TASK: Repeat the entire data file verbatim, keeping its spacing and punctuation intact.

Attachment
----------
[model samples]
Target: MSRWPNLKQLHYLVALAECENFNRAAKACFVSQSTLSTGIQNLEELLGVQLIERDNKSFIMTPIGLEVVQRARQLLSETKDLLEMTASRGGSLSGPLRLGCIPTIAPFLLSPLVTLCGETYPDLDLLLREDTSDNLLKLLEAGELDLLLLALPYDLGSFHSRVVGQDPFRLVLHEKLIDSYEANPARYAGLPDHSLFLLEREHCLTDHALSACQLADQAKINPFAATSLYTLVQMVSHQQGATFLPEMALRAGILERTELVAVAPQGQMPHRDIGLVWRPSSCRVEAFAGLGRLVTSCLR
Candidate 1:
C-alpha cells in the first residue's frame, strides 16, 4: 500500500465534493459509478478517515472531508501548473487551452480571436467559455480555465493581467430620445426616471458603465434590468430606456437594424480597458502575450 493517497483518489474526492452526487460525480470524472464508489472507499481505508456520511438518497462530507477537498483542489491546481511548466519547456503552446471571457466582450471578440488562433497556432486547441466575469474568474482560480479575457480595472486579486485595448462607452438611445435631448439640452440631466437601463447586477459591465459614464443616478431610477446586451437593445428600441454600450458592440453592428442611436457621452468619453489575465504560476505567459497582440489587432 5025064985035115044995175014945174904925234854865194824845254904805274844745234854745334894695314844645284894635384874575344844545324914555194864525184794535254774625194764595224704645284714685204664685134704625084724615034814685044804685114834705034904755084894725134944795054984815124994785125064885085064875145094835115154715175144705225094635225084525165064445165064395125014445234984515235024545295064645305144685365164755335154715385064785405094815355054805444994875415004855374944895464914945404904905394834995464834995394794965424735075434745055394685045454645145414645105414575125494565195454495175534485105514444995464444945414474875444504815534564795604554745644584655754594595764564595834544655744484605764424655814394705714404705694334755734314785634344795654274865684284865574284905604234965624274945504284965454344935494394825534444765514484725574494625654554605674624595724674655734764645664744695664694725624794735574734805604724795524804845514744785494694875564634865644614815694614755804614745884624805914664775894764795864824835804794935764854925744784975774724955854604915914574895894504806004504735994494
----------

[model samples]
Target: MSRWPNLKQLHYLVALAECENFNRAAKACFVSQSTLSTGIQNLEELLGVQLIERDNKSFIMTPIGLEVVQRARQLLSETKDLLEMTASRGGSLSGPLRLGCIPTIAPFLLSPLVTLCGETYPDLDLLLREDTSDNLLKLLEAGELDLLLLALPYDLGSFHSRVVGQDPFRLVLHEKLIDSYEANPARYAGLPDHSLFLLEREHCLTDHALSACQLADQAKINPFAATSLYTLVQMVSHQQGATFLPEMALRAGILERTELVAVAPQGQMPHRDIGLVWRPSSCRVEAFAGLGRLVTSCLR
Candidate 1:
C-alpha cells in the first residue's frame, strides 16, 4: 500500500465534493459509478478517515472531508501548473487551452480571436467559455480555465493581467430620445426616471458603465434590468430606456437594424480597458502575450 493517497483518489474526492452526487460525480470524472464508489472507499481505508456520511438518497462530507477537498483542489491546481511548466519547456503552446471571457466582450471578440488562433497556432486547441466575469474568474482560480479575457480595472486579486485595448462607452438611445435631448439640452440631466437601463447586477459591465459614464443616478431610477446586451437593445428600441454600450458592440453592428442611436457621452468619453489575465504560476505567459497582440489587432 5025064985035115044995175014945174904925234854865194824845254904805274844745234854745334894695314844645284894635384874575344844545324914555194864525184794535254774625194764595224704645284714685204664685134704625084724615034814685044804685114834705034904755084894725134944795054984815124994785125064885085064875145094835115154715175144705225094635225084525165064445165064395125014445234984515235024545295064645305144685365164755335154715385064785405094815355054805444994875415004855374944895464914945404904905394834995464834995394794965424735075434745055394685045454645145414645105414575125494565195454495175534485105514444995464444945414474875444504815534564795604554745644584655754594595764564595834544655744484605764424655814394705714404705694334755734314785634344795654274865684284865574284905604234965624274945504284965454344935494394825534444765514484725574494625654554605674624595724674655734764645664744695664694725624794735574734805604724795524804845514744785494694875564634865644614815694614755804614745884624805914664775894764795864824835804794935764854925744784975774724955854604915914574895894504806004504735994494